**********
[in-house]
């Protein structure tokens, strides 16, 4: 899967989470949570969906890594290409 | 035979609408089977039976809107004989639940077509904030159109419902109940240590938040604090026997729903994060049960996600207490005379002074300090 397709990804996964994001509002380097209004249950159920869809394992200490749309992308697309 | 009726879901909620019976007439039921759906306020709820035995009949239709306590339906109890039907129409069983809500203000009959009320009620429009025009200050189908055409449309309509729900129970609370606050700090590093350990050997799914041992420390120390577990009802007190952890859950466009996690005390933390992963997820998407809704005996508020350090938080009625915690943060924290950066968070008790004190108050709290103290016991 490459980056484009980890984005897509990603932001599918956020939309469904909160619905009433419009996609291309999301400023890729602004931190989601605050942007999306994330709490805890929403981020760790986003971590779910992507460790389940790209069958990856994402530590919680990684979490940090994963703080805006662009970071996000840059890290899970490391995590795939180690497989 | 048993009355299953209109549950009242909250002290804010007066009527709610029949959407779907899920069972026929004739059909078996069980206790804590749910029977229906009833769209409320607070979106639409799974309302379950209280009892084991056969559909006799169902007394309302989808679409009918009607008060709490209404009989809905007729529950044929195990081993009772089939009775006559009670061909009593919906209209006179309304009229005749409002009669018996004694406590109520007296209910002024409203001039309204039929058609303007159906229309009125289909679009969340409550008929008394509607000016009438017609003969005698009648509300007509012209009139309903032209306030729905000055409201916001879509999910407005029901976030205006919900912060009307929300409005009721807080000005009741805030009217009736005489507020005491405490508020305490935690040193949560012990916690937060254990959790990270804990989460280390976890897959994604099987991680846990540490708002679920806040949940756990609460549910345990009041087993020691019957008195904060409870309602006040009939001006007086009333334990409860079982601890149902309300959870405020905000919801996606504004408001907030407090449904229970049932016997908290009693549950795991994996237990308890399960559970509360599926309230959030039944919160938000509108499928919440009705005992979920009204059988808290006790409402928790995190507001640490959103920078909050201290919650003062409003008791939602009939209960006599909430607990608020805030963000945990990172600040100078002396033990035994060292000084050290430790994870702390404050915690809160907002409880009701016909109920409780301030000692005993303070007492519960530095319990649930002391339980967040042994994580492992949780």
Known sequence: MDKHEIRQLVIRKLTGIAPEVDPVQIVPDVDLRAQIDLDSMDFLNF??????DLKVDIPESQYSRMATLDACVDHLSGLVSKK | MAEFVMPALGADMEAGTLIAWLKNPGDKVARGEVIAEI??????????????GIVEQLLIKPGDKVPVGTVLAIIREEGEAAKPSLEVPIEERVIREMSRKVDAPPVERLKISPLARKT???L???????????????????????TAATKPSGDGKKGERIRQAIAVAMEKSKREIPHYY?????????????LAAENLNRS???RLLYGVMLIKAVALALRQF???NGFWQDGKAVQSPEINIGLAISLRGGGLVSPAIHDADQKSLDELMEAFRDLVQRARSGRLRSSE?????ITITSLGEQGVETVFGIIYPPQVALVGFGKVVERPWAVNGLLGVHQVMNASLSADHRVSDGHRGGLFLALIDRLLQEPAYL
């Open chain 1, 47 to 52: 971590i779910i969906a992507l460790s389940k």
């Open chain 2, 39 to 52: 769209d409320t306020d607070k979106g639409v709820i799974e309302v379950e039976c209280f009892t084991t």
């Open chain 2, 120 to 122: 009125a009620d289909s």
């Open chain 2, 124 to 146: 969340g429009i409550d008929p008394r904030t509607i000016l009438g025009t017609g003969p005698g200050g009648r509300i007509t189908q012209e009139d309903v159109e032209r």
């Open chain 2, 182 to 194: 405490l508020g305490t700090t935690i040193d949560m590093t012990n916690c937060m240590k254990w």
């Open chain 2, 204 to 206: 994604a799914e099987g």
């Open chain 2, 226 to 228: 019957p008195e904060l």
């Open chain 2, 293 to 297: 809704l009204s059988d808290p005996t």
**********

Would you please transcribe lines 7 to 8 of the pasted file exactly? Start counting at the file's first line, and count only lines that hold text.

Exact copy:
């Open chain 2, 124 to 146: 969340g429009i409550d008929p008394r904030t509607i000016l009438g025009t017609g003969p005698g200050g009648r509300i007509t189908q012209e009139d309903v159109e032209r």
């Open chain 2, 182 to 194: 405490l508020g305490t700090t935690i040193d949560m590093t012990n916690c937060m240590k254990w």